As part of the country’s new online regulations, Tanzania now expects bloggers and content creators to pay an annual license fee of $930 to run their websites.
Despite this fee, the rights to deny or revoke any licenses remains the prerogative of the authorities for any site that “causes annoyance, threatens harm or evil, encourages or incites crimes” or deemed to threaten national security. (East Africa Monitor).
The new regulation by Tanzania is known as the Electronic and Postal Communications (Online Content) Regulations 2018 gives the government the right to police the web and monitor online posting of content.
This new fee of $930 will force many bloggers to stop operation seeing that the country’s Gross Domestic Income per capita is about $900.
This new law was criticised by many especially with the ambiguous words that were used to target those who speak up against the government of Tanzania.
A part of the law also requires that officials can force online creators to remove inappropriate contents from their website within 12 hours or face $2,210 fine or a prison term of one year.
These new regulations are set to affect many internet-based businesses in Tanzania from online radio stations, podcast publishers, online forums and people using social media as a content publishing platform.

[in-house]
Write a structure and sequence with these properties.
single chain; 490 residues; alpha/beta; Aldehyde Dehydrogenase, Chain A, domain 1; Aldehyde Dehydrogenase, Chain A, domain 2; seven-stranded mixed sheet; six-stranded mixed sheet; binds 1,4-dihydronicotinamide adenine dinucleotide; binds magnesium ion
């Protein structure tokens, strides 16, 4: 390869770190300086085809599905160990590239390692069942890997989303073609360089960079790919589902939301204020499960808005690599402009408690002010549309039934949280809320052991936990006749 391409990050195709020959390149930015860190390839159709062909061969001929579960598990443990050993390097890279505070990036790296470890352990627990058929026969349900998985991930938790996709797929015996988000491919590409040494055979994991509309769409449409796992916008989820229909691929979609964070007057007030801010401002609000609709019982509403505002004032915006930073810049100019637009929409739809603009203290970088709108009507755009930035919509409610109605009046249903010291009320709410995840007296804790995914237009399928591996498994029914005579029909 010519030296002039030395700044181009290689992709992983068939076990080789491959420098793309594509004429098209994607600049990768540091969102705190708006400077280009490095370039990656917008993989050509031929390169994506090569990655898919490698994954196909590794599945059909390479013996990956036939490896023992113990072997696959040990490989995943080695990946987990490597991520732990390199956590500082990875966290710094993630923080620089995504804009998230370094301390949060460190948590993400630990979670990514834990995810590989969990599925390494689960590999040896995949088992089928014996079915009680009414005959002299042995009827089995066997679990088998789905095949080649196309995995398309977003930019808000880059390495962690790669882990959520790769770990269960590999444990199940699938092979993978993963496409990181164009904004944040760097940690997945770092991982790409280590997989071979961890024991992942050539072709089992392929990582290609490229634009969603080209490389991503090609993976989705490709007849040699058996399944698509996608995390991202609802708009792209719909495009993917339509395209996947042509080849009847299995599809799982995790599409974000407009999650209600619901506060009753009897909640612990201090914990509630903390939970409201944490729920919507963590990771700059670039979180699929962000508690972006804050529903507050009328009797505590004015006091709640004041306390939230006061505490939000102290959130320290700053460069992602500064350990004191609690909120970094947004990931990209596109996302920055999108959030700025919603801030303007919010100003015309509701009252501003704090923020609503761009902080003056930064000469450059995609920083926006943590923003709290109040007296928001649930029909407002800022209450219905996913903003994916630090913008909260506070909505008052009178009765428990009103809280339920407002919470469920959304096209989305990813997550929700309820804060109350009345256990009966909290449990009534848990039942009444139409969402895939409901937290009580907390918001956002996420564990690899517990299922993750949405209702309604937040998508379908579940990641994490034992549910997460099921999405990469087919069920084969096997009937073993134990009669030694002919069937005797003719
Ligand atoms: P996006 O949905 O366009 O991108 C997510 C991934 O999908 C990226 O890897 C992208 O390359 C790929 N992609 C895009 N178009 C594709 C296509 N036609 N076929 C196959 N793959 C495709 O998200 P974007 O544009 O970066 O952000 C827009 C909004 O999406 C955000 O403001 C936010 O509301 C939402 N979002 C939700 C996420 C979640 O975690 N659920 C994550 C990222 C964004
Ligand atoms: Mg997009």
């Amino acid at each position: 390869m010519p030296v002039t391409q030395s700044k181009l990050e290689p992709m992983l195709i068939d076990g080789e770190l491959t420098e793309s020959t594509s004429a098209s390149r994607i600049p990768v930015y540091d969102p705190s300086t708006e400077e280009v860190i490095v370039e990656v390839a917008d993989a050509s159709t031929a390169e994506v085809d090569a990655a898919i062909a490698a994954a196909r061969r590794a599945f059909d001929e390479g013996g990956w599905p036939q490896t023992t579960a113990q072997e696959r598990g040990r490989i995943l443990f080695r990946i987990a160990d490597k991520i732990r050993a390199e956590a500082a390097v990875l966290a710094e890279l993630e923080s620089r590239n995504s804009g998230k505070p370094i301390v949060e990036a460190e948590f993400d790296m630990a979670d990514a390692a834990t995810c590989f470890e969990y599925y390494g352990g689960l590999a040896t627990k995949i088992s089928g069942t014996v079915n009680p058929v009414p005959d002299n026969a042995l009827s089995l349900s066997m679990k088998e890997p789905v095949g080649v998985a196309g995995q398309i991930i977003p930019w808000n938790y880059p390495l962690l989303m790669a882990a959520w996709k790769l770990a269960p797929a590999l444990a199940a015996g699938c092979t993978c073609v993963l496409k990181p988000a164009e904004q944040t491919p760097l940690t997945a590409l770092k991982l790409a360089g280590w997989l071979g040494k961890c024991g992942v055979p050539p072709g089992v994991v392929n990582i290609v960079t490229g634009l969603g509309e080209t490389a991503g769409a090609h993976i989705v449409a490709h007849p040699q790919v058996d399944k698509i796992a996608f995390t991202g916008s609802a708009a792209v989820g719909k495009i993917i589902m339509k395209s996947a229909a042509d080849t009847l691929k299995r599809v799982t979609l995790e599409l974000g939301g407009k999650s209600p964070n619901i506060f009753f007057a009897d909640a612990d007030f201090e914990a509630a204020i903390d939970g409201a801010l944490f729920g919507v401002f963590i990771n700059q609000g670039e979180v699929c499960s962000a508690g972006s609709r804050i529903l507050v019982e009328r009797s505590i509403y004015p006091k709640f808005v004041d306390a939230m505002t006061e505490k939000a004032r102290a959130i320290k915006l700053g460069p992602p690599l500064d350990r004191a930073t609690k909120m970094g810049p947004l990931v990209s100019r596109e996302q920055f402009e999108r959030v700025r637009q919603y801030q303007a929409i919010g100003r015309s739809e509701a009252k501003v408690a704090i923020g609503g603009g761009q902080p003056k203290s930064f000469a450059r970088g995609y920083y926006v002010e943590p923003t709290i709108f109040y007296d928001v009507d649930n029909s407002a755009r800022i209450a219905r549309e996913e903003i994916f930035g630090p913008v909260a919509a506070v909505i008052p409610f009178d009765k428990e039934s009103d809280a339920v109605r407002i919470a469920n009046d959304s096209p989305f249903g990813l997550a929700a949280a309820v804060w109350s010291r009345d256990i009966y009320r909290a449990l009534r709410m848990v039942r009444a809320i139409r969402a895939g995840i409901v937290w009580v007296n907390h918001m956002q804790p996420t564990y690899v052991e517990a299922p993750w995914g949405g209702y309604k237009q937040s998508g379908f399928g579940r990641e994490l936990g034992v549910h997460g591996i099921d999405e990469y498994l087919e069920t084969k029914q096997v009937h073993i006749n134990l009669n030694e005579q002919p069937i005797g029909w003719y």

In addition to these, anyone interested in getting a license of operation will provide documentation that will cover financial details of their organization, any directors, and stakeholders involved, projected revenue and future plans for growth.
Credit: East Africa Monitor
The Federal Government of Nigeria has through the Ministry of Education set up a 16-man committee to screen over 40,000 university degrees gotten from foreign universities by Nigerians.
The Education Minister stated this during the 33rd meeting of the National Standard Committee on Evaluation and Accreditation of Foreign Qualifications. According to him, this is being done in an effort to detect fake and substandard degrees gotten from universities across Africa and beyond.